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digitalmars.D - Destructors vs. Finalizers

reply Mike Parker <aldacron gmail.com> writes:
Regarding the issue with `destroy` not being  nogc, I my 
understanding is it comes down to `rt_finalize` not being  nogc. 
I haven't dug too deeply into the discussions around it, but I'm 
wondering if it's possible to separate the concept of destruction 
from finalization in the implementation?

Externally, we can do it with the existing language:

class {
     ~this() {}     // Finalizer

     ~this  nogc {} // Destructor
}

Internally, the runtime will treat each differently. an 
rt_destruct would call all every __dtor in a hierarchy and 
rt_finalize would be changed to call every __finalizer (a new 
addition) in a hierarchy. When cleaning up, the GC will ensure 
that all destructors are run where they exist, followed by all 
finalizers. And destroy would be changed to call rt_destruct 
instead of rt_finalize.

Thoughts?
Jul 25
next sibling parent Mike Parker <aldacron gmail.com> writes:
On Wednesday, 26 July 2017 at 02:58:00 UTC, Mike Parker wrote:
 Internally, the runtime will treat each differently. an 
 rt_destruct would call all every __dtor in a hierarchy and 
 rt_finalize would be changed to call every __finalizer (a new 
 addition) in a hierarchy. When cleaning up, the GC will ensure 
 that all destructors are run where they exist, followed by all 
 finalizers. And destroy would be changed to call rt_destruct 
 instead of rt_finalize.

 Thoughts?
And an important bit I left out -- destroy would still call rt_finalize if no destructor is present, which would preserve current behavior.
Jul 25
prev sibling next sibling parent reply Moritz Maxeiner <moritz ucworks.org> writes:
On Wednesday, 26 July 2017 at 02:58:00 UTC, Mike Parker wrote:
 Regarding the issue with `destroy` not being  nogc, I my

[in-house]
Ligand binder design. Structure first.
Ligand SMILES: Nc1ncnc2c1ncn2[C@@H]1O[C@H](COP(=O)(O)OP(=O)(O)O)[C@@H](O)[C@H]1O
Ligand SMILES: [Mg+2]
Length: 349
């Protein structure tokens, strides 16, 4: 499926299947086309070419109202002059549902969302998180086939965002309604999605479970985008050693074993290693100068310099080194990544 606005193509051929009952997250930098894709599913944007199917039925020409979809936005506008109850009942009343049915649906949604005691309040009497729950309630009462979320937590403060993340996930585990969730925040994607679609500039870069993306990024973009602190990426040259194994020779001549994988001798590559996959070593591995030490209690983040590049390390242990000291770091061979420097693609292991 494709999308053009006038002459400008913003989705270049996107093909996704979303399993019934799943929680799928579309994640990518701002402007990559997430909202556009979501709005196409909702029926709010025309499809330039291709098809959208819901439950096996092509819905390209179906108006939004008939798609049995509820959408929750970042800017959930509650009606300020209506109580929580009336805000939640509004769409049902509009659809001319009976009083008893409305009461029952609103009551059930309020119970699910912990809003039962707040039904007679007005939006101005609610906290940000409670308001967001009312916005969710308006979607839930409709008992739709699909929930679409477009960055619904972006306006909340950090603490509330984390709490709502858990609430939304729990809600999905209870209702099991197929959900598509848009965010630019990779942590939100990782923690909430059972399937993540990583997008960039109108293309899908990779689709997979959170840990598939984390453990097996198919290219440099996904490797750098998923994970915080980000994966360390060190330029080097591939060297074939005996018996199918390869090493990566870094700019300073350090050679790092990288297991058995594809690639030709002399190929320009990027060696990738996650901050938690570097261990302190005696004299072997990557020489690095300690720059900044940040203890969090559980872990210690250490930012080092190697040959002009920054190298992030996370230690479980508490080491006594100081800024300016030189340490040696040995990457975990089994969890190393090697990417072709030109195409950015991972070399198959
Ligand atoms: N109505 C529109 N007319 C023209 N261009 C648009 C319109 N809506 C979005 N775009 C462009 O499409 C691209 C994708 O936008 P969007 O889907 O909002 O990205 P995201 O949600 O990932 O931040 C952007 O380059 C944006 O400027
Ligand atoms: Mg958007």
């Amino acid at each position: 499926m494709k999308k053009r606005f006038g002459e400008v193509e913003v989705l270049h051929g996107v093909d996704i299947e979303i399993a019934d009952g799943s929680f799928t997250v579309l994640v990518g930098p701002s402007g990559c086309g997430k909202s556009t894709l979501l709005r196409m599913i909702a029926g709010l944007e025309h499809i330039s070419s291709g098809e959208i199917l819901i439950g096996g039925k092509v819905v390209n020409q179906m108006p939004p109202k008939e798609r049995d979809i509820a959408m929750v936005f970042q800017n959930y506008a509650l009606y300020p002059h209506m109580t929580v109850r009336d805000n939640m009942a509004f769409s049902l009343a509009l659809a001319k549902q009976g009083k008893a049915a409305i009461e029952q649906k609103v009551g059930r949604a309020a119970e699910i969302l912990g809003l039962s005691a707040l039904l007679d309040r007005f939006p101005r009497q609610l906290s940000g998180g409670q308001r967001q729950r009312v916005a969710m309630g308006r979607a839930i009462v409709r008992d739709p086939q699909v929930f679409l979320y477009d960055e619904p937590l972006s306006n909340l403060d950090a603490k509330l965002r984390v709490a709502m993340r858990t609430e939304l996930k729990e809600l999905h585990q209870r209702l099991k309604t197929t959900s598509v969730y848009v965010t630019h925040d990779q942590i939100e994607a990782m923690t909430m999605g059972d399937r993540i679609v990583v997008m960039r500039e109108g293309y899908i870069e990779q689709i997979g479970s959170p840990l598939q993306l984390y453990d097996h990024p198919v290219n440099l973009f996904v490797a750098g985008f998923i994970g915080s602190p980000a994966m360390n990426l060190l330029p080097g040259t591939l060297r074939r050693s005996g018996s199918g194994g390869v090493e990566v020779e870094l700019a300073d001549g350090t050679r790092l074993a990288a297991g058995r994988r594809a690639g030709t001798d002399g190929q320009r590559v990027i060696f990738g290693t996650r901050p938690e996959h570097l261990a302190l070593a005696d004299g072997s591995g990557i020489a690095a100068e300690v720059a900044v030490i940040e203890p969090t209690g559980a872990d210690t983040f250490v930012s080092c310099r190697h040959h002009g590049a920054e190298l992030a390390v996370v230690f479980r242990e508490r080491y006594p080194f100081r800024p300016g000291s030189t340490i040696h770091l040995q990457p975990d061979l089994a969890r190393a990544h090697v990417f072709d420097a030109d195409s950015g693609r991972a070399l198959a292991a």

understanding is it comes down to `rt_finalize` not being 
  nogc. I haven't dug too deeply into the discussions around it, 
 but I'm wondering if it's possible to separate the concept of 
 destruction from finalization in the implementation?
Possible, yes, and I agree that separating destruction (deterministic end of object lifetime) and finalization (GC collection caused end of object lifetime) for classes is something we should do.
 Externally, we can do it with the existing language:

 class {
     ~this() {}     // Finalizer

     ~this  nogc {} // Destructor
 }
As class destructors (in contrast to class finalizers) are then called exclusively in a deterministic fashion, there's no reason to forbid them from allocating using the GC, so I don't think using the nogc attribute would be appropriate; I would much rather see another attribute in the likes of disable, e.g. deterministic, so --- ~this() {} // Finalizer ~this() nogc {} // Finalizer ~this deterministic {} // Destructor ~this nogc deterministic {} // Destructor } ---
 Internally, the runtime will treat each differently. an 
 rt_destruct would call all every __dtor in a hierarchy
As long as finalizers are then not part of __dtor.
 and rt_finalize would be changed to call every __finalizer (a 
 new addition) in a hierarchy.
 When cleaning up, the GC will ensure that all destructors are 
 run where they exist, followed by all finalizers.
Having the GC directly call destructors defeats the point of separating them from finalizers in the first place: If a destructor should be run on GC finalication, the finalizer must manually call the destructor (using e.g. `destroy`). The GC must *never* call destructors automatically after splitting off finalizers, because that would turn destructors back into finalizers.
 And destroy would be changed to call rt_destruct instead of 
 rt_finalize.
Yes, that would then be the correct behaviour for `destroy`.
Jul 26
parent reply Mike Parker <aldacron gmail.com> writes:
On Wednesday, 26 July 2017 at 09:29:15 UTC, Moritz Maxeiner wrote:


 As class destructors (in contrast to class finalizers) are then 
 called exclusively in a deterministic fashion, there's no 
 reason to forbid them from allocating using the GC, so I don't 
 think using the  nogc attribute would be appropriate; I would 
 much rather see another attribute in the likes of  disable, 
 e.g.  deterministic, so
 ---
 ~this() {}                    // Finalizer
 ~this()  nogc {}              // Finalizer
 ~this  deterministic {}       // Destructor
 ~this  nogc  deterministic {} // Destructor
 }
Yeah, this brings with it more flexibility. I'd prefer to avoid adding a new attribute for it, but this looks more interesting.
 When cleaning up, the GC will ensure that all destructors are 
 run where they exist, followed by all finalizers.
Having the GC directly call destructors defeats the point of separating them from finalizers in the first place:
Indeed! Let's pretend I didn't write that.
Jul 26
parent reply jmh530 <john.michael.hall gmail.com> writes:
On Wednesday, 26 July 2017 at 12:55:17 UTC, Mike Parker wrote:
 ---